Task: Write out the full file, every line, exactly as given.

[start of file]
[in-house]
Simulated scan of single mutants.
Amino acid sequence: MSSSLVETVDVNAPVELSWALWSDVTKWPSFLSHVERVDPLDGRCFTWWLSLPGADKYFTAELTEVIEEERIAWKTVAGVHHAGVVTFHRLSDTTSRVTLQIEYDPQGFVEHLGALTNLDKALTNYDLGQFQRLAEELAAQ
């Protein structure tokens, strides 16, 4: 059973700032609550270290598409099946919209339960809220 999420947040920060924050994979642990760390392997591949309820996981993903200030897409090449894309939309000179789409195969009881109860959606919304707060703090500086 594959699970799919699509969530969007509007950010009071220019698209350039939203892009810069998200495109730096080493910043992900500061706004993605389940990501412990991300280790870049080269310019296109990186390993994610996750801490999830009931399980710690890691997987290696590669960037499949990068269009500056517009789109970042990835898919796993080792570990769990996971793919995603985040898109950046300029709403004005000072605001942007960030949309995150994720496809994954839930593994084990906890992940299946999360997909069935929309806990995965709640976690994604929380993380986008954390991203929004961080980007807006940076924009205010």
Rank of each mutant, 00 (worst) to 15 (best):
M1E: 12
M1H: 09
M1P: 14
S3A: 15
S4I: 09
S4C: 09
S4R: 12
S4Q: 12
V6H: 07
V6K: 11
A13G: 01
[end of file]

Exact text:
[in-house]
Simulated scan of single mutants.
Amino acid sequence: MSSSLVETVDVNAPVELSWALWSDVTKWPSFLSHVERVDPLDGRCFTWWLSLPGADKYFTAELTEVIEEERIAWKTVAGVHHAGVVTFHRLSDTTSRVTLQIEYDPQGFVEHLGALTNLDKALTNYDLGQFQRLAEELAAQ
């Protein structure tokens, strides 16, 4: 059973700032609550270290598409099946919209339960809220 999420947040920060924050994979642990760390392997591949309820996981993903200030897409090449894309939309000179789409195969009881109860959606919304707060703090500086 594959699970799919699509969530969007509007950010009071220019698209350039939203892009810069998200495109730096080493910043992900500061706004993605389940990501412990991300280790870049080269310019296109990186390993994610996750801490999830009931399980710690890691997987290696590669960037499949990068269009500056517009789109970042990835898919796993080792570990769990996971793919995603985040898109950046300029709403004005000072605001942007960030949309995150994720496809994954839930593994084990906890992940299946999360997909069935929309806990995965709640976690994604929380993380986008954390991203929004961080980007807006940076924009205010």
Rank of each mutant, 00 (worst) to 15 (best):
M1E: 12
M1H: 09
M1P: 14
S3A: 15
S4I: 09
S4C: 09
S4R: 12
S4Q: 12
V6H: 07
V6K: 11
A13G: 01